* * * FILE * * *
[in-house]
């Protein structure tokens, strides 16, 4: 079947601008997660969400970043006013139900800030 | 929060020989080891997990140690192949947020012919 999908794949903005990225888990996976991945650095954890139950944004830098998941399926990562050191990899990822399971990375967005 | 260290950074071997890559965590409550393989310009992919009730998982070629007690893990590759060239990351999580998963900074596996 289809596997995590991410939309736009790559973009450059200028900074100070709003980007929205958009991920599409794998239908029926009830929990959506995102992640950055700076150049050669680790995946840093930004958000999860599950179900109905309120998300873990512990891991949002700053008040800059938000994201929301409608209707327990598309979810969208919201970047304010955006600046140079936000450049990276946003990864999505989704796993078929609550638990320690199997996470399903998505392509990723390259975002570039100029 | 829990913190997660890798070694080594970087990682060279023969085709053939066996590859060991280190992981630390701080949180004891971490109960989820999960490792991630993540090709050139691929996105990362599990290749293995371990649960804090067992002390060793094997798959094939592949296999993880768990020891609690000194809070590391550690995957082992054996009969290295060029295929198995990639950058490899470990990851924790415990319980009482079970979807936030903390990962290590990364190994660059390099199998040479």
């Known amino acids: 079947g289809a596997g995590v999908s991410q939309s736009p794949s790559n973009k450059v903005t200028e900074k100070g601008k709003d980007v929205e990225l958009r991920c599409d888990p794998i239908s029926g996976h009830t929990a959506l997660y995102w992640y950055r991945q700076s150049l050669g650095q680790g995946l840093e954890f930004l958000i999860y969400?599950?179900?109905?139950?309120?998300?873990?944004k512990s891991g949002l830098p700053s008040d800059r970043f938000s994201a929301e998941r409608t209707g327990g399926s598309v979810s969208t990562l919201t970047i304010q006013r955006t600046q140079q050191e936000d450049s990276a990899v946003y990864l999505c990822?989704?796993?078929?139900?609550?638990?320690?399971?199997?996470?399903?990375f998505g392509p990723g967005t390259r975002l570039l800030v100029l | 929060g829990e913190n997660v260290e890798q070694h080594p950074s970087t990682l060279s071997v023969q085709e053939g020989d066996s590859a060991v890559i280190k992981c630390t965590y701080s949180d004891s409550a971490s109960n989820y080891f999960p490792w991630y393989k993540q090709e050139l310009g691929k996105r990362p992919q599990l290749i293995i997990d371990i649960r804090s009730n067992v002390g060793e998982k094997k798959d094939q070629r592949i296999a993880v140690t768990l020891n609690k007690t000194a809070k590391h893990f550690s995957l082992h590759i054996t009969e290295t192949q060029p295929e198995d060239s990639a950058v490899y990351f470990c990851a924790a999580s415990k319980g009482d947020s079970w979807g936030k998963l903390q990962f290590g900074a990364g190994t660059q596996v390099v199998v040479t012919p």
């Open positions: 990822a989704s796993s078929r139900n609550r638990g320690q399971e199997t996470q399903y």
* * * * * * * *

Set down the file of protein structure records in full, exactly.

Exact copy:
[in-house]
């Protein structure tokens, strides 16, 4: 079947601008997660969400970043006013139900800030 | 929060020989080891997990140690192949947020012919 999908794949903005990225888990996976991945650095954890139950944004830098998941399926990562050191990899990822399971990375967005 | 260290950074071997890559965590409550393989310009992919009730998982070629007690893990590759060239990351999580998963900074596996 289809596997995590991410939309736009790559973009450059200028900074100070709003980007929205958009991920599409794998239908029926009830929990959506995102992640950055700076150049050669680790995946840093930004958000999860599950179900109905309120998300873990512990891991949002700053008040800059938000994201929301409608209707327990598309979810969208919201970047304010955006600046140079936000450049990276946003990864999505989704796993078929609550638990320690199997996470399903998505392509990723390259975002570039100029 | 829990913190997660890798070694080594970087990682060279023969085709053939066996590859060991280190992981630390701080949180004891971490109960989820999960490792991630993540090709050139691929996105990362599990290749293995371990649960804090067992002390060793094997798959094939592949296999993880768990020891609690000194809070590391550690995957082992054996009969290295060029295929198995990639950058490899470990990851924790415990319980009482079970979807936030903390990962290590990364190994660059390099199998040479």
């Known amino acids: 079947g289809a596997g995590v999908s991410q939309s736009p794949s790559n973009k450059v903005t200028e900074k100070g601008k709003d980007v929205e990225l958009r991920c599409d888990p794998i239908s029926g996976h009830t929990a959506l997660y995102w992640y950055r991945q700076s150049l050669g650095q680790g995946l840093e954890f930004l958000i999860y969400?599950?179900?109905?139950?309120?998300?873990?944004k512990s891991g949002l830098p700053s008040d800059r970043f938000s994201a929301e998941r409608t209707g327990g399926s598309v979810s969208t990562l919201t970047i304010q006013r955006t600046q140079q050191e936000d450049s990276a990899v946003y990864l999505c990822?989704?796993?078929?139900?609550?638990?320690?399971?199997?996470?399903?990375f998505g392509p990723g967005t390259r975002l570039l800030v100029l | 929060g829990e913190n997660v260290e890798q070694h080594p950074s970087t990682l060279s071997v023969q085709e053939g020989d066996s590859a060991v890559i280190k992981c630390t965590y701080s949180d004891s409550a971490s109960n989820y080891f999960p490792w991630y393989k993540q090709e050139l310009g691929k996105r990362p992919q599990l290749i293995i997990d371990i649960r804090s009730n067992v002390g060793e998982k094997k798959d094939q070629r592949i296999a993880v140690t768990l020891n609690k007690t000194a809070k590391h893990f550690s995957l082992h590759i054996t009969e290295t192949q060029p295929e198995d060239s990639a950058v490899y990351f470990c990851a924790a999580s415990k319980g009482d947020s079970w979807g936030k998963l903390q990962f290590g900074a990364g190994t660059q596996v390099v199998v040479t012919p």
């Open positions: 990822a989704s796993s078929r139900n609550r638990g320690q399971e199997t996470q399903y």